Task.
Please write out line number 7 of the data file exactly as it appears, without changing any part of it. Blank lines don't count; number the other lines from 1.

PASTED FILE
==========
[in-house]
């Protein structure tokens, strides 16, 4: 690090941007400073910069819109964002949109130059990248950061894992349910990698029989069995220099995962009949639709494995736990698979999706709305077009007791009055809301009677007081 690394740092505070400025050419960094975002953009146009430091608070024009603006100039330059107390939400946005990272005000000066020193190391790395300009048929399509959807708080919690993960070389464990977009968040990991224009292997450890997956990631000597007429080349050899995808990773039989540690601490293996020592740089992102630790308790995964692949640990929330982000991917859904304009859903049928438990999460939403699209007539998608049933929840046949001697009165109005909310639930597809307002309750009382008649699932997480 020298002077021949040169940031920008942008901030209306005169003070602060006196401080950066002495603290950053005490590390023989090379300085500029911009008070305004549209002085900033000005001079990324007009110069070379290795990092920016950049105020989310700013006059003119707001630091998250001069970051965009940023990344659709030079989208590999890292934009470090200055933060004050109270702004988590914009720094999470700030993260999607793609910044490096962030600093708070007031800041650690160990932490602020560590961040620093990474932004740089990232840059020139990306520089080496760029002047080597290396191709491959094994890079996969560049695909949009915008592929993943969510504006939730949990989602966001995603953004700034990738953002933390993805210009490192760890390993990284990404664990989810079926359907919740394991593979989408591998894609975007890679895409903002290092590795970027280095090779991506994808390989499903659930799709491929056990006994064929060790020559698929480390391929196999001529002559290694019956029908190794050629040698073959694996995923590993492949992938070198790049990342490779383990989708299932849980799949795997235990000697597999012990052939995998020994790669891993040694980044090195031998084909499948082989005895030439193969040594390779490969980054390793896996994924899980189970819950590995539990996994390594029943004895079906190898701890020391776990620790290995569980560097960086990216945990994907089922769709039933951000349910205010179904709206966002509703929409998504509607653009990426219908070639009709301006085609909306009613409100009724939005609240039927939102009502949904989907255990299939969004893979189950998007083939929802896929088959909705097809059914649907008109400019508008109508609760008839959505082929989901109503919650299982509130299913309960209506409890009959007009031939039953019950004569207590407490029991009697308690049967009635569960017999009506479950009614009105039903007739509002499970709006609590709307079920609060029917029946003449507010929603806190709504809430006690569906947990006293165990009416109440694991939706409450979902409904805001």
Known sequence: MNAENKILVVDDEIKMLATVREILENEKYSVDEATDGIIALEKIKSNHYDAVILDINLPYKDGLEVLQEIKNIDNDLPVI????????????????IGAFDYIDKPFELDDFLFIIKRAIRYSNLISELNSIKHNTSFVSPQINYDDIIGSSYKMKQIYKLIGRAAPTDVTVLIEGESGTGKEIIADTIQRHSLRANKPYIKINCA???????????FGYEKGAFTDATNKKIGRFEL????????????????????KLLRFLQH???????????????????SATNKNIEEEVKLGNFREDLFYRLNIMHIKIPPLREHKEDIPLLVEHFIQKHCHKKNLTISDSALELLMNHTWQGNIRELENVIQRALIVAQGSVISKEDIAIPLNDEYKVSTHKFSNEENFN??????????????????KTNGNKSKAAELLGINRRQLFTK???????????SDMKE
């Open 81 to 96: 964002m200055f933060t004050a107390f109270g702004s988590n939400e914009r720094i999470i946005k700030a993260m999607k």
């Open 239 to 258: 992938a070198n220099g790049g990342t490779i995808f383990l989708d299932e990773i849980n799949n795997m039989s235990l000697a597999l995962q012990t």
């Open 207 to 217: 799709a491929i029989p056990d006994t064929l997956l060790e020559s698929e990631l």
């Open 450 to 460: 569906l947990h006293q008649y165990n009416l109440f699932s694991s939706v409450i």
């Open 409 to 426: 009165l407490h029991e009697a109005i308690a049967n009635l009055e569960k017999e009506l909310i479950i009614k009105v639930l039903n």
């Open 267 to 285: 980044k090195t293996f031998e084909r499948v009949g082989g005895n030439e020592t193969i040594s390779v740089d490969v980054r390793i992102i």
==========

């Open 450 to 460: 569906l947990h006293q008649y165990n009416l109440f699932s694991s939706v409450i």